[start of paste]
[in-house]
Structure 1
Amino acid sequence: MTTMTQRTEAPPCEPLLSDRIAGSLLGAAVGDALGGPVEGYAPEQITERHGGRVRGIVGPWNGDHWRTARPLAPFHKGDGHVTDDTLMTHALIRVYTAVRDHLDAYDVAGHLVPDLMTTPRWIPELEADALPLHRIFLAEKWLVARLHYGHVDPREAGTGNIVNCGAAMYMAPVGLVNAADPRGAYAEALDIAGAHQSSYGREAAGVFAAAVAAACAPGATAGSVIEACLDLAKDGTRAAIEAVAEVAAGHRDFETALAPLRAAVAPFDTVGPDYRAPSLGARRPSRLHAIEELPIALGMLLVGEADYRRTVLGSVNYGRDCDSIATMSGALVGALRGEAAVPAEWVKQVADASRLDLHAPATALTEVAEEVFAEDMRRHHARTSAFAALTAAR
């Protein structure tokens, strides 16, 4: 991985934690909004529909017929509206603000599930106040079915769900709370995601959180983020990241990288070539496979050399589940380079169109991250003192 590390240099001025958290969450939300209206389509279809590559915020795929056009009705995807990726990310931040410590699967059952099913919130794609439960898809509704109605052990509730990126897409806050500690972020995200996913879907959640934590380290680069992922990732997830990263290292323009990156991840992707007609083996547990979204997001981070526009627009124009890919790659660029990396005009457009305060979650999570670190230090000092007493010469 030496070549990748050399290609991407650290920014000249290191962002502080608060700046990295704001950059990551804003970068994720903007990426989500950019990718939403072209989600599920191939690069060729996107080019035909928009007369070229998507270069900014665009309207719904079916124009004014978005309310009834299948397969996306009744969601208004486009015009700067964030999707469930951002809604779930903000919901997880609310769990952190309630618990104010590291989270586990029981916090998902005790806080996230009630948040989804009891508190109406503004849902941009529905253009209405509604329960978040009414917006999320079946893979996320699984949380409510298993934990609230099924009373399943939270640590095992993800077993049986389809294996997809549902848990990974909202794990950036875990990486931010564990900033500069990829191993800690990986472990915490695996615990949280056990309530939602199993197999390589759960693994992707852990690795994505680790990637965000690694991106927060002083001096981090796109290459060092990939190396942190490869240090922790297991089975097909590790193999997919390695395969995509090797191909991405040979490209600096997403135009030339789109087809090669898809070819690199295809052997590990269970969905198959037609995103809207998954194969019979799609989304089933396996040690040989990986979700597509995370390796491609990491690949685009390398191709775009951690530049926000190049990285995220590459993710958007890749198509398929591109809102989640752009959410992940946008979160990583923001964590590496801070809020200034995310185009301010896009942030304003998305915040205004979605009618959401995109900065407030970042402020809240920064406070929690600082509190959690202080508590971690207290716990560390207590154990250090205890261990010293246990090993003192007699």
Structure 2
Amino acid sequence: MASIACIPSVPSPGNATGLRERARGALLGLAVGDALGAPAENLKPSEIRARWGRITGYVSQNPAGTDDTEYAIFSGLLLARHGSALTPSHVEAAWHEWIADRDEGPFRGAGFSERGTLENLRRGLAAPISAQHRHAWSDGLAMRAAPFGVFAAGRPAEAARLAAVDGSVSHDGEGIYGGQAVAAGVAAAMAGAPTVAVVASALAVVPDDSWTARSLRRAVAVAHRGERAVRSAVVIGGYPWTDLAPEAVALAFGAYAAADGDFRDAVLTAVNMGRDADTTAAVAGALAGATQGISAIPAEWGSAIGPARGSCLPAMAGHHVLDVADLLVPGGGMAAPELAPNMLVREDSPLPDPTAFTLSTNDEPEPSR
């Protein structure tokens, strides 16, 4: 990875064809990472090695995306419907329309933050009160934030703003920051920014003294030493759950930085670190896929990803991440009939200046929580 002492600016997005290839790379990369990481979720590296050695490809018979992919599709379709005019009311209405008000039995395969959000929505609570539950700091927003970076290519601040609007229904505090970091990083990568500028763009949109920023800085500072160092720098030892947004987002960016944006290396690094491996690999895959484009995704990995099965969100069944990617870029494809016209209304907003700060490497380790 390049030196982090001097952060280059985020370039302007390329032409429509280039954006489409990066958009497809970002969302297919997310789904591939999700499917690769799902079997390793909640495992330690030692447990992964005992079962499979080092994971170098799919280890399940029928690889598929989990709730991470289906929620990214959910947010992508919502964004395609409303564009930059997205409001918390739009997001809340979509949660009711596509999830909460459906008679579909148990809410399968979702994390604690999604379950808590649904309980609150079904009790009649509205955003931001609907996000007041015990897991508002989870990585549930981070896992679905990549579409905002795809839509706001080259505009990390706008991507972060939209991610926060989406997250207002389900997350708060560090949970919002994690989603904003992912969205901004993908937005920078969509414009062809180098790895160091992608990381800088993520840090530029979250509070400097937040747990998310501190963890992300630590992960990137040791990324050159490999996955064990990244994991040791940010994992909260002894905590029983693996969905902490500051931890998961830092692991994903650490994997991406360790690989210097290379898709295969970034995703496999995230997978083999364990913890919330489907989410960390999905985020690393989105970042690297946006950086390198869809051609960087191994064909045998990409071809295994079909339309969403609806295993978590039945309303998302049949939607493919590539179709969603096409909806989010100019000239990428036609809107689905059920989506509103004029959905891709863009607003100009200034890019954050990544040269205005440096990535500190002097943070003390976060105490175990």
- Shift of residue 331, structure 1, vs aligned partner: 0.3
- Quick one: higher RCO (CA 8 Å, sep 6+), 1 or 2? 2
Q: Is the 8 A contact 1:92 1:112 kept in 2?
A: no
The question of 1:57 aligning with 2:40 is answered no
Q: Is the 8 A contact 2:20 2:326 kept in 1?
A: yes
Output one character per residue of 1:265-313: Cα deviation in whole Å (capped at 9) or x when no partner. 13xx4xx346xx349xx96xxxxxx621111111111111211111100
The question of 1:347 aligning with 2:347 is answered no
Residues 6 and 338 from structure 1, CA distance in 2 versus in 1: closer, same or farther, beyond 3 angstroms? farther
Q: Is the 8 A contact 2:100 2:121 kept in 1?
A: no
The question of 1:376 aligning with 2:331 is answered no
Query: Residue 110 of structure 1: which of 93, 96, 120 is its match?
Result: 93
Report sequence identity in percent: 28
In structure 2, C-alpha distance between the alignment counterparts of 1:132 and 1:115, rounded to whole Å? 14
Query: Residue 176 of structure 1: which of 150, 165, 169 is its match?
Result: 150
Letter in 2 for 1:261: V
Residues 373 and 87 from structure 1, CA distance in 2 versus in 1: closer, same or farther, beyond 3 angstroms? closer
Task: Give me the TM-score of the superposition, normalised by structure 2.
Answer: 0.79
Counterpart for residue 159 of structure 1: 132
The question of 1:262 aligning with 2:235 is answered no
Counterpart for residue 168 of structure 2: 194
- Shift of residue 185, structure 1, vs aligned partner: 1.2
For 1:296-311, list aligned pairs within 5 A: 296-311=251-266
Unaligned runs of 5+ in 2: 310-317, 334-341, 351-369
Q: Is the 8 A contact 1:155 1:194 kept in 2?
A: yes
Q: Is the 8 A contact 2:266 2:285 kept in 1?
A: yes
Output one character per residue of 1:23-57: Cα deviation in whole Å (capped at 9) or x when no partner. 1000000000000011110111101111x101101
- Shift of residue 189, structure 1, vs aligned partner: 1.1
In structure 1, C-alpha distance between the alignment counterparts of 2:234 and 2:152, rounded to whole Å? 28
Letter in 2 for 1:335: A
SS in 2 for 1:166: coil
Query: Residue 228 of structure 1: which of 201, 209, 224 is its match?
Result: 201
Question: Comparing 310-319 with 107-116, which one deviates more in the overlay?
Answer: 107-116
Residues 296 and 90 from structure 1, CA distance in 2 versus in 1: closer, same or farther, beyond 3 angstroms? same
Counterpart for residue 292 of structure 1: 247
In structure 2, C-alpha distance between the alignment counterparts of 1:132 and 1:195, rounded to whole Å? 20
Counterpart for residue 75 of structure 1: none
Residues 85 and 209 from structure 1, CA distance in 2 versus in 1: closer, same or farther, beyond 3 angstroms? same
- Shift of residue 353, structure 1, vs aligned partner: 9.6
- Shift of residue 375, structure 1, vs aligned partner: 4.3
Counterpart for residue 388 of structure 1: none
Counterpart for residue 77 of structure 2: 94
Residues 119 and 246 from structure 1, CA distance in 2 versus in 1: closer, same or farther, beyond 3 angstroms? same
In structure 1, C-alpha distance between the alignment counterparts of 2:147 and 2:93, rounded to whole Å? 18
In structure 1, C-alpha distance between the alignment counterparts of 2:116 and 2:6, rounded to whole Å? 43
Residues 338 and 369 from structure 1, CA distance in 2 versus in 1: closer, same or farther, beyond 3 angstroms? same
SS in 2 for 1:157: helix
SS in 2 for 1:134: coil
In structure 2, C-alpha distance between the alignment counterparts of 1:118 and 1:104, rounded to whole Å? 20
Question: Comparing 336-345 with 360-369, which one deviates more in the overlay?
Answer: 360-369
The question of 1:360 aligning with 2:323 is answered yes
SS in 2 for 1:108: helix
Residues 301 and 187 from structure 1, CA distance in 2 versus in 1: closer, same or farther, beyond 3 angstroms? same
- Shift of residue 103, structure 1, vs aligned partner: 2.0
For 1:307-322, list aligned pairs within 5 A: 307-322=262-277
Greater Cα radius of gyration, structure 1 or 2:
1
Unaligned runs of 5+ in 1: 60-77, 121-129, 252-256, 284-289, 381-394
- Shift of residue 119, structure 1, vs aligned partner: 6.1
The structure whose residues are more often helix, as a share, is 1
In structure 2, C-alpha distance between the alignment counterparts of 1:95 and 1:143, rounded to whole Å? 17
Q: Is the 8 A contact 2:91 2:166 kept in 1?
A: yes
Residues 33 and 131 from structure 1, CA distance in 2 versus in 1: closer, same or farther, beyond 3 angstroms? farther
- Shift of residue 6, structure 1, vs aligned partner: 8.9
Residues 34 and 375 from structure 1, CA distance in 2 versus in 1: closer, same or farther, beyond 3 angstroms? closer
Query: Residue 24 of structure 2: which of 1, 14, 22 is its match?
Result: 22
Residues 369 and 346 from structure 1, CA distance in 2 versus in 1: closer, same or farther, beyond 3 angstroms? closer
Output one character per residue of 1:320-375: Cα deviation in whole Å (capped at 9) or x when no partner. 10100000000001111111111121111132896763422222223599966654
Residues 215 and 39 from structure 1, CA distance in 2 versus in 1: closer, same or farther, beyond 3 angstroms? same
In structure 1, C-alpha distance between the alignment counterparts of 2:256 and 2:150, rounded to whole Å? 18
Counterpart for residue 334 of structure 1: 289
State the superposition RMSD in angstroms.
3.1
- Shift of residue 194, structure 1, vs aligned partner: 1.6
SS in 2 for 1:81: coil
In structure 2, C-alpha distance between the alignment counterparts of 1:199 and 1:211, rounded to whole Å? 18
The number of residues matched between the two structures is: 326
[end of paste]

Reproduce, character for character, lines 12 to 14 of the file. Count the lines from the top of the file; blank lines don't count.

The question of 1:57 aligning with 2:40 is answered no
Q: Is the 8 A contact 2:20 2:326 kept in 1?
A: yes